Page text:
Every contact in your account can have their own personalized greeting when they are sent to voicemail. It’s a nice touch and also fun to freak people out when the phone addresses them by name. In addition to a default message, you can also set up greetings by groups, so all business associates get a professional greeting, while friends and family can get a warmer, friendlier prompt.

Call Switching

There have been plenty of times when I received a call on my mobile phone on the way home. Sometimes that conversation goes on for awhile. I’ll still be on the phone by the time I get home. I’ve burned through 30 minutes on my mobile plan and this conversation isn’t near over. By simply pressing the “*” key during the conversation, my home phone will ring. As soon as I answer my home phone, I’ll hang up my mobile and the conversation continues without having to say “can I call you back on my landline?” Now the rest of my call is free (it’s an incoming call after all) and I didn’t have to stop the conversation.

Squash Spam Phone Calls

Many retailers use your phone number for their club and rewards programs. I’m not sure what they do with all of those numbers, but I’m sure some are sold to auto warranty scammers. With Google Voice, you can tag those phone numbers as spam or flat out block them entirely. How many times have you wished you could do that with your landline?


I’ve detailed the problem with dialing out using your Google Number above. There are workarounds for some users of smartphones. If you own a Blackberry or Android-based phone, you can download an application that replaces your phone’s dialer with a Google Voice interface. You select your contact, your phone rings and the other party’s phone rings. Easy-peasy-lemon-squeezy. On the iPhone, you need to either jailbreak your phone or been lucky enough to have purchased one of the Google Voice apps that were available before they were wished into the cornfield.

There’s is still hope that you will be able to port one of your existing numbers to your Google Number. That will eliminate the dial out issue.

You know those free mobile-to-mobile minutes that your phone plan has? Well, they don’t work with Google Voice. Since all calls, incoming and outgoing, are really inbound calls from your Google Number, there are no mobile-to-mobile connections. Thus, no free minutes. That’s something to keep in mind when using the system.

Training  your contacts to call your Google Number can be a pain. I had to resort to changing my mobile phone’s voicemail greeting to say “This number has changed to XXX-XXX-XXX, please make a note of it”. It’s a little severe, but I really want people to use the new number. Google also tries to help out by giving you 25 free business cards with your new number so you can pass them out.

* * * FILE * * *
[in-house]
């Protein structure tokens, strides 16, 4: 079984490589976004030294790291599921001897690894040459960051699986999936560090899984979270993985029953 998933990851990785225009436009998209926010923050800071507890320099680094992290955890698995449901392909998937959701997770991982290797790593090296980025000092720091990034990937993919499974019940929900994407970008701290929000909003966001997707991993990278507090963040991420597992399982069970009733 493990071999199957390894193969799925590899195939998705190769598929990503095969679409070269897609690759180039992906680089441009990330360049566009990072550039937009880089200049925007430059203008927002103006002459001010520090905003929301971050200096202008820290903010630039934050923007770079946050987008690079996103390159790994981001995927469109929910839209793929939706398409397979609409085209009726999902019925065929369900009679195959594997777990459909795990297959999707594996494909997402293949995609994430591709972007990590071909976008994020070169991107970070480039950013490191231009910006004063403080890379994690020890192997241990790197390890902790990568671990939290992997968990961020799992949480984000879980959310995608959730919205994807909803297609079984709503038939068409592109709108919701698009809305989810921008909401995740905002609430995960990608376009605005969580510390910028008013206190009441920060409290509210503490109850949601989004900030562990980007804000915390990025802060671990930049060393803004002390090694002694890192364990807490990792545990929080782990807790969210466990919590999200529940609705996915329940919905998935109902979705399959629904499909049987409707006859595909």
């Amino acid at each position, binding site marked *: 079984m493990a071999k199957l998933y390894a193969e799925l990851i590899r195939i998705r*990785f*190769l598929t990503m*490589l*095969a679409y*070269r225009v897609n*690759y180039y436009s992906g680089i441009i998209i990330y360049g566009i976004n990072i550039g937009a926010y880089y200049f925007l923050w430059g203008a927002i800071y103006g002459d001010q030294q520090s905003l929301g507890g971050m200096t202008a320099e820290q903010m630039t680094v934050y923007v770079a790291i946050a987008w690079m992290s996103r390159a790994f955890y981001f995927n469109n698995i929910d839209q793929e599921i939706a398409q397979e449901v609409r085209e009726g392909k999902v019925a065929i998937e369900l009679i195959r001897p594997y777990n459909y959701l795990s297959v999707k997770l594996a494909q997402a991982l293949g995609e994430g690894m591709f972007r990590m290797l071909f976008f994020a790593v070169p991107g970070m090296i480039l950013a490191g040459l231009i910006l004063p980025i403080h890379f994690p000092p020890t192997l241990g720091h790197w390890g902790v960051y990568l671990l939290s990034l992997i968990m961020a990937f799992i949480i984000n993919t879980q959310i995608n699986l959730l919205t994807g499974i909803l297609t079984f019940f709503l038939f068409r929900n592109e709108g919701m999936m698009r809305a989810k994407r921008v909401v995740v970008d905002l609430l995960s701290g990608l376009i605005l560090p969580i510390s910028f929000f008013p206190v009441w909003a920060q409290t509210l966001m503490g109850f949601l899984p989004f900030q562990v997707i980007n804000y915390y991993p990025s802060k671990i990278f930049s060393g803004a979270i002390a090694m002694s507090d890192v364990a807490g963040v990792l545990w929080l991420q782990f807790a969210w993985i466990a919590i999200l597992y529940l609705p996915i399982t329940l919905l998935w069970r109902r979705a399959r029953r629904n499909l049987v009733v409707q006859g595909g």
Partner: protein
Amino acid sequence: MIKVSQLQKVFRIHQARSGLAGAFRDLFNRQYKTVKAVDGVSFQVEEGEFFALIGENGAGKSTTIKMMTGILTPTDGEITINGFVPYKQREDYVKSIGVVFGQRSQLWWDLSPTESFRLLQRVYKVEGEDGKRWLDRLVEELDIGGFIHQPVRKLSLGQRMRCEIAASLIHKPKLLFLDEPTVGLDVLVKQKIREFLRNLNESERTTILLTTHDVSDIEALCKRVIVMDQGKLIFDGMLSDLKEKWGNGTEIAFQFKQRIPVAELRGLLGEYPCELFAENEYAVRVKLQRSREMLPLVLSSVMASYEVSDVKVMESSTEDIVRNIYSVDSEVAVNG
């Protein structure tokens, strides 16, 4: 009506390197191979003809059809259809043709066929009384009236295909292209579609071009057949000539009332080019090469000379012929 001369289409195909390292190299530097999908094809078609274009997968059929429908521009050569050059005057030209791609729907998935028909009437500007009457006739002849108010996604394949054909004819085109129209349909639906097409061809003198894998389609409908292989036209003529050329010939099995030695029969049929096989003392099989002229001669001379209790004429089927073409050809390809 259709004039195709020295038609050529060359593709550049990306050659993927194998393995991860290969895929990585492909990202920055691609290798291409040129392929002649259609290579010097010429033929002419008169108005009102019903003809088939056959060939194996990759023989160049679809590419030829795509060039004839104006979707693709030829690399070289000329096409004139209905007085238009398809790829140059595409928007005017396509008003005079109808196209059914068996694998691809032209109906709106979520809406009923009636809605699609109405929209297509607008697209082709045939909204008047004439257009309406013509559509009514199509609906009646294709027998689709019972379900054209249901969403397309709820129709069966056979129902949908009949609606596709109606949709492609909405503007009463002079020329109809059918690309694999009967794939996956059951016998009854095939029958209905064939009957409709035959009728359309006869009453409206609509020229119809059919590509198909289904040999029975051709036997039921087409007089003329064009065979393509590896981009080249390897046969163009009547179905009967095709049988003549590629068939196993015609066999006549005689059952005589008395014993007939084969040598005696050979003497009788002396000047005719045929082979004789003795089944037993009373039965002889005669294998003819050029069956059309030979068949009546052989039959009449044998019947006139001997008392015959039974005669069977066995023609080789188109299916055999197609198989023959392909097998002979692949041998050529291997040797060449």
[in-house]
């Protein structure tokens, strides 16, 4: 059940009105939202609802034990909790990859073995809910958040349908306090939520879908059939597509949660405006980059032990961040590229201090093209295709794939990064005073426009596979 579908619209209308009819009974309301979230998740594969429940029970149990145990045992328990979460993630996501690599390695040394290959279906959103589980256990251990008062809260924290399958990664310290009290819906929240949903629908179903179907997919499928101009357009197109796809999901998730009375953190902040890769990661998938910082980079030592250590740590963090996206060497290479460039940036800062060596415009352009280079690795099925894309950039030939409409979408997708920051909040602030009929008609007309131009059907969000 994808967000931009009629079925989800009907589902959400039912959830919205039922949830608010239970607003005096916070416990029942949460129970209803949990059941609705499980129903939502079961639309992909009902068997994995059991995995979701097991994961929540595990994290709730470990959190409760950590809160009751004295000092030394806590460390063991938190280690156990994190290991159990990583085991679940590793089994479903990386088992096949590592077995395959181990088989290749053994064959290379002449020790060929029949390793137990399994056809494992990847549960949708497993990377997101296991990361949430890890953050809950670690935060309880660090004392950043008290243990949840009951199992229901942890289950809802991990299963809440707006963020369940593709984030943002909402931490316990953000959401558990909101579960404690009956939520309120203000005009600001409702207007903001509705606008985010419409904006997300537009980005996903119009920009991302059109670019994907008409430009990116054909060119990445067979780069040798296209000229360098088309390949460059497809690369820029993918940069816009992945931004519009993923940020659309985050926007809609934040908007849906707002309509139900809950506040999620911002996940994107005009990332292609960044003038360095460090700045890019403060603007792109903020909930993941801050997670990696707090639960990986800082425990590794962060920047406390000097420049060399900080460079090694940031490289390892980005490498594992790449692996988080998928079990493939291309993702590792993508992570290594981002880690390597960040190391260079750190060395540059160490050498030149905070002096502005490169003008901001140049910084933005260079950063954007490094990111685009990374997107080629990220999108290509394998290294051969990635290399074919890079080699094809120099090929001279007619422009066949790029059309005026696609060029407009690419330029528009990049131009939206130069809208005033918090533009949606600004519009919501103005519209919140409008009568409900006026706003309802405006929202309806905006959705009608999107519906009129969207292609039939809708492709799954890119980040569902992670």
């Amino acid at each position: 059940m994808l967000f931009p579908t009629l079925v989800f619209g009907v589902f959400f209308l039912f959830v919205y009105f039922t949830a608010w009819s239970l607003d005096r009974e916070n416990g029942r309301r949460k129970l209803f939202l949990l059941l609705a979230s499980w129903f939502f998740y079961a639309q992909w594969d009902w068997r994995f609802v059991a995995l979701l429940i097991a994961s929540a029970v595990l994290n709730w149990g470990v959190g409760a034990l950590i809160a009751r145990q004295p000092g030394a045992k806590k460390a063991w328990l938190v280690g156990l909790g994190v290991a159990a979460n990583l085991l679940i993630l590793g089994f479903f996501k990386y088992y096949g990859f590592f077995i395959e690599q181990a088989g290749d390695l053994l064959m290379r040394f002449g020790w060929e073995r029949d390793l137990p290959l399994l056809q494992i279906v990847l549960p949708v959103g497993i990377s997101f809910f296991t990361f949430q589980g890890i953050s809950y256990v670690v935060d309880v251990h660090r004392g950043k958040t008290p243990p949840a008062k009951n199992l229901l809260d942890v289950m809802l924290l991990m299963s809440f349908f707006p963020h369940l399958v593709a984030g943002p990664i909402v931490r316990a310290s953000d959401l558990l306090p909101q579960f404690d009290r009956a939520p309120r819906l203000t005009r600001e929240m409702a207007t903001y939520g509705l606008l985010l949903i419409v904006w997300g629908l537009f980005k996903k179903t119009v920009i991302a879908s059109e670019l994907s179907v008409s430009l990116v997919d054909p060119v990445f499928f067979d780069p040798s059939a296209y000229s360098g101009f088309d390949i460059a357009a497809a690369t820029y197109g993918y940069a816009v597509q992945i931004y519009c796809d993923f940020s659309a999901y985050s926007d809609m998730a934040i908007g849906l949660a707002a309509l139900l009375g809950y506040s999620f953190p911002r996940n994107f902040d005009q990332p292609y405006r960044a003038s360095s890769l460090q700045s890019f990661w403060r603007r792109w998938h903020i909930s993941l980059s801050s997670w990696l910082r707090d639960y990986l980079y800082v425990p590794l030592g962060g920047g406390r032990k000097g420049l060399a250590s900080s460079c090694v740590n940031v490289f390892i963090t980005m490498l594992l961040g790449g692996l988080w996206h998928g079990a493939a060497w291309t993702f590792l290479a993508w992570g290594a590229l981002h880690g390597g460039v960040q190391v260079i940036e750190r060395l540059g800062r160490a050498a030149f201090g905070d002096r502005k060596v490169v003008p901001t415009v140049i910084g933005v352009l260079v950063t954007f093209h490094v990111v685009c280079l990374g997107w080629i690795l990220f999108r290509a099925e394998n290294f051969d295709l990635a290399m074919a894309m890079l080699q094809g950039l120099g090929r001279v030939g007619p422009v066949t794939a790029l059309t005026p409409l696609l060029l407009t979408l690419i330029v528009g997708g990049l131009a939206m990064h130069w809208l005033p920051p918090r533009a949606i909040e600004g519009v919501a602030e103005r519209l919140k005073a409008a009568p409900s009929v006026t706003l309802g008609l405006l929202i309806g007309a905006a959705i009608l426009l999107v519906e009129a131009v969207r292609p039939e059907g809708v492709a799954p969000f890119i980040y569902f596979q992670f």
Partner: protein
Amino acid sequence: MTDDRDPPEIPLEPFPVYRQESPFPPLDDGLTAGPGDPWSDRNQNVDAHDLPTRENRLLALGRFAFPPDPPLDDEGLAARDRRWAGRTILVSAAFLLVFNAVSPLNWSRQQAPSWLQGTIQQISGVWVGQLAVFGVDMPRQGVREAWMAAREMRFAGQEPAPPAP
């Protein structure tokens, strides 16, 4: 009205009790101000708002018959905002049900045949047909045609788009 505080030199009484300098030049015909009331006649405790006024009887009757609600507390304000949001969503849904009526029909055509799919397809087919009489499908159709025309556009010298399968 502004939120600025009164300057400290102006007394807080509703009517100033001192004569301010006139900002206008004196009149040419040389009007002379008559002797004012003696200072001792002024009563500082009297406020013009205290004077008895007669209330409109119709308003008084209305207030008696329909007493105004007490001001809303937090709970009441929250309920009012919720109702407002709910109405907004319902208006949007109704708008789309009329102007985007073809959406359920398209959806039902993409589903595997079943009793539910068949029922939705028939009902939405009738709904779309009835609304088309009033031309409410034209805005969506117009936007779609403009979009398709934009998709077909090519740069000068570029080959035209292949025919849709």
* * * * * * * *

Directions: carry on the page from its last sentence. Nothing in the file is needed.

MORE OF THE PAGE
Otherwise, the benefits far outweigh the drawbacks. Technically, Google Voice is still in beta. Some people have experienced issues with receiving calls (Steve, want to chime in on this?). The quality of the voice messages is a bit low for my taste and may be a contributing factor to the accuracy of the transcriptions. These issues haven’t been enough to keep me from publishing my Google Number as part of my contact info.

* All of the services are free with the exception of international calls. Since the system works by calling you and then the other party, Google is footing the bill for the call. That may be a minimal expense for domestic calls, but international calls are a different story. Fortunately, Google offers very low rate international calling rates.

UPDATE: Check out Steve’s take on Google Voice in his post “Google Voice: One Number & More.”

4 Responses to “Google Voice: One Number to Rule Them All”

  1. Razz says:

    The connection issues I experienced, and referenced by Mike in the post, revolved around telco connectivity. People calling me would get a busy signal, a message saying all circuits were busy, or at times just silence. If the Google Voice help forum is any indication, many others were having similar issues. It seemed to be focused in certain area codes or possibly specific prefixes in those area codes. There were comments they thought it could be the local telco not handling the switching of the Google Voice numbers properly. In my case I submitted the online forms and after a few weeks (enough time I was considering abandoning the use of GV) it just cleared up. Now everything seems very solid.

  2. Polprav says:

    Hello from Russia!
    Can I quote a post in your blog with the link to you?

  3. Razz says:

    You are welcome to reference our content, but please cite the source. Thanks for asking.

  4. […] Google Voice, you should check it out. A full description, and review, can be found on my tech blog here, and here. Obviously, it’s from Google, so Android users have this one easy. iPhone users […]